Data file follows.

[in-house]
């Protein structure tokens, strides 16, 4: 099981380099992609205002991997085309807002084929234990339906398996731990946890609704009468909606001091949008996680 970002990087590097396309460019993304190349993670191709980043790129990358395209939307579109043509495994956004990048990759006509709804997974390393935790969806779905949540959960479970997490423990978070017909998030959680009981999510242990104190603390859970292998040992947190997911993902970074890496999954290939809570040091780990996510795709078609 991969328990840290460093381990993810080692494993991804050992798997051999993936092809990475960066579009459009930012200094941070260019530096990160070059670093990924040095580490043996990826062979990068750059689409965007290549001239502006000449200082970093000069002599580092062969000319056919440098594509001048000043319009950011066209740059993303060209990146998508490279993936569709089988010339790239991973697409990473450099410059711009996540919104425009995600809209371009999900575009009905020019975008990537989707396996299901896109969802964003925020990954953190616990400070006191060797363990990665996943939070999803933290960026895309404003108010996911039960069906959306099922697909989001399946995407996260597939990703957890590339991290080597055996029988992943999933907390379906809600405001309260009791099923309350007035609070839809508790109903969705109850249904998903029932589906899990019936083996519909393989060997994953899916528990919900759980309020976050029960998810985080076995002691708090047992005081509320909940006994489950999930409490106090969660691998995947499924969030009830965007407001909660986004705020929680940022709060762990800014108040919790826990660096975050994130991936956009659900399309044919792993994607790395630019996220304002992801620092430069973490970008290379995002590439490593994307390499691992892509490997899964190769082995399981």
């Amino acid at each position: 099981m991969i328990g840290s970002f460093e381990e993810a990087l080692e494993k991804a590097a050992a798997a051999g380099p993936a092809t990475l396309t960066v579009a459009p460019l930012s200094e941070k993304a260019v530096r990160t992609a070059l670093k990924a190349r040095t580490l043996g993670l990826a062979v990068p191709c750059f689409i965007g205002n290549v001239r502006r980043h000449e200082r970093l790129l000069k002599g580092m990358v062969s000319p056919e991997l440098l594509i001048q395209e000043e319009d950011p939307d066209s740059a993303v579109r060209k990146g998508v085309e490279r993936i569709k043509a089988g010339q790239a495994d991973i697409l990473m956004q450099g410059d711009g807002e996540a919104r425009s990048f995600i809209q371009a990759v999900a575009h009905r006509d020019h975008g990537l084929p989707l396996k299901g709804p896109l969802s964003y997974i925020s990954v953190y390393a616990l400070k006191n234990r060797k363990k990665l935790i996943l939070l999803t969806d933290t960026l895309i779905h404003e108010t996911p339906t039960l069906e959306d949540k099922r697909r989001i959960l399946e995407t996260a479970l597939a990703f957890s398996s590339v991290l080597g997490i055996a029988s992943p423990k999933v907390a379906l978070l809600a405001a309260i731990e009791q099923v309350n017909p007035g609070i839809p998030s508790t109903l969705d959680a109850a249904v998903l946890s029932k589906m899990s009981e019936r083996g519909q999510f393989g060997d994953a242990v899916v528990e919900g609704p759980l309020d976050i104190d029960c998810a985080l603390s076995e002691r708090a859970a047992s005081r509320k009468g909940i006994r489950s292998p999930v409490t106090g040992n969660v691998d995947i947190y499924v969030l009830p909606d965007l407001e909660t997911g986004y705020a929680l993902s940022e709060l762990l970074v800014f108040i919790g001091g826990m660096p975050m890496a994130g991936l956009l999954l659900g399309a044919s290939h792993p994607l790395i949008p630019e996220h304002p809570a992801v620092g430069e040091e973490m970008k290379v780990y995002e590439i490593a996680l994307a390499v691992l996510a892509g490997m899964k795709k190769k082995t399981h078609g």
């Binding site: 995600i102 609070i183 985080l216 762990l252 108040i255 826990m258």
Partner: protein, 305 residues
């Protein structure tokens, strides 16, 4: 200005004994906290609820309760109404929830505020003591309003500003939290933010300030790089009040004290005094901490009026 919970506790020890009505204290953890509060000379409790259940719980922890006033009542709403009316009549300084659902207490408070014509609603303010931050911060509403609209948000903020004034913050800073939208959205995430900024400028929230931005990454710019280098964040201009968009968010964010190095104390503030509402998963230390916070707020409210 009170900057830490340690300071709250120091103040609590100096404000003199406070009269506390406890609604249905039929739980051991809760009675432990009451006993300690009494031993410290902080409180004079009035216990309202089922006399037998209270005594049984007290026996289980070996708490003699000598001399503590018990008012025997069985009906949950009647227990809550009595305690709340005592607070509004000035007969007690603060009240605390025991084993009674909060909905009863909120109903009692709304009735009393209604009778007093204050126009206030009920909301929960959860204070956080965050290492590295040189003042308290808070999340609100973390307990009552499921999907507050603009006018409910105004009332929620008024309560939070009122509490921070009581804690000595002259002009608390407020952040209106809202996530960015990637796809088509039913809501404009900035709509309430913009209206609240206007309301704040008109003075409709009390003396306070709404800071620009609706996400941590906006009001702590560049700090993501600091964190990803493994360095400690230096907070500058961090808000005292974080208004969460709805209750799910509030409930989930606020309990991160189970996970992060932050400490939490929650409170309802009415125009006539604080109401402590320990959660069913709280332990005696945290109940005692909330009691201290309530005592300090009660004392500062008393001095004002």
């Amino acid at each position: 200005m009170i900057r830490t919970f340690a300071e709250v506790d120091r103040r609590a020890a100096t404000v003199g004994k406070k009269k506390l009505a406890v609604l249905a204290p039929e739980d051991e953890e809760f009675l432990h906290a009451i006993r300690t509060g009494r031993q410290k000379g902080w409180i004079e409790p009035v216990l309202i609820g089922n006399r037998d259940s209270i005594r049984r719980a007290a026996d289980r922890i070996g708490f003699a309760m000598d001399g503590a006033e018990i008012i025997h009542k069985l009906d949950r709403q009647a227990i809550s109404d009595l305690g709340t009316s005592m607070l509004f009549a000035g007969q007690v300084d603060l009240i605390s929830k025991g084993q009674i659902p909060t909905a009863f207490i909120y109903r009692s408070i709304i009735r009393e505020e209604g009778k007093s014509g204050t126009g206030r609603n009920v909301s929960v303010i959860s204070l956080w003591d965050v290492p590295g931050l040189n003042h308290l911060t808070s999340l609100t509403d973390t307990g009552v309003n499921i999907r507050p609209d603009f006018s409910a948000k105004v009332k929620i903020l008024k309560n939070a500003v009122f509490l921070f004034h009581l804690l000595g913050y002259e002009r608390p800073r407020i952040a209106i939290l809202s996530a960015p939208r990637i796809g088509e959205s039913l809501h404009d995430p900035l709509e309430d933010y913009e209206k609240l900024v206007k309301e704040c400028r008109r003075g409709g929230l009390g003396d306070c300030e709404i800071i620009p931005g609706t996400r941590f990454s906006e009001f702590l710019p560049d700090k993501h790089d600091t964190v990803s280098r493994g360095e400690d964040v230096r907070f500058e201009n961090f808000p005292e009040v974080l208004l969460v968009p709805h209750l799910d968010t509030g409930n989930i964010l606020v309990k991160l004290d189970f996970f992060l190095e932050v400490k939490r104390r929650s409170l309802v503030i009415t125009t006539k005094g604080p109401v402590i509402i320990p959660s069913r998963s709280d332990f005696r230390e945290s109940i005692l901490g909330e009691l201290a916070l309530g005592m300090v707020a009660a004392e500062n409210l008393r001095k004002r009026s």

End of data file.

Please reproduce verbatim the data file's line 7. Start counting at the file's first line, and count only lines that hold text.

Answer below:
């Amino acid at each position: 200005m009170i900057r830490t919970f340690a300071e709250v506790d120091r103040r609590a020890a100096t404000v003199g004994k406070k009269k506390l009505a406890v609604l249905a204290p039929e739980d051991e953890e809760f009675l432990h906290a009451i006993r300690t509060g009494r031993q410290k000379g902080w409180i004079e409790p009035v216990l309202i609820g089922n006399r037998d259940s209270i005594r049984r719980a007290a026996d289980r922890i070996g708490f003699a309760m000598d001399g503590a006033e018990i008012i025997h009542k069985l009906d949950r709403q009647a227990i809550s109404d009595l305690g709340t009316s005592m607070l509004f009549a000035g007969q007690v300084d603060l009240i605390s929830k025991g084993q009674i659902p909060t909905a009863f207490i909120y109903r009692s408070i709304i009735r009393e505020e209604g009778k007093s014509g204050t126009g206030r609603n009920v909301s929960v303010i959860s204070l956080w003591d965050v290492p590295g931050l040189n003042h308290l911060t808070s999340l609100t509403d973390t307990g009552v309003n499921i999907r507050p609209d603009f006018s409910a948000k105004v009332k929620i903020l008024k309560n939070a500003v009122f509490l921070f004034h009581l804690l000595g913050y002259e002009r608390p800073r407020i952040a209106i939290l809202s996530a960015p939208r990637i796809g088509e959205s039913l809501h404009d995430p900035l709509e309430d933010y913009e209206k609240l900024v206007k309301e704040c400028r008109r003075g409709g929230l009390g003396d306070c300030e709404i800071i620009p931005g609706t996400r941590f990454s906006e009001f702590l710019p560049d700090k993501h790089d600091t964190v990803s280098r493994g360095e400690d964040v230096r907070f500058e201009n961090f808000p005292e009040v974080l208004l969460v968009p709805h209750l799910d968010t509030g409930n989930i964010l606020v309990k991160l004290d189970f996970f992060l190095e932050v400490k939490r104390r929650s409170l309802v503030i009415t125009t006539k005094g604080p109401v402590i509402i320990p959660s069913r998963s709280d332990f005696r230390e945290s109940i005692l901490g909330e009691l201290a916070l309530g005592m300090v707020a009660a004392e500062n409210l008393r001095k004002r009026s």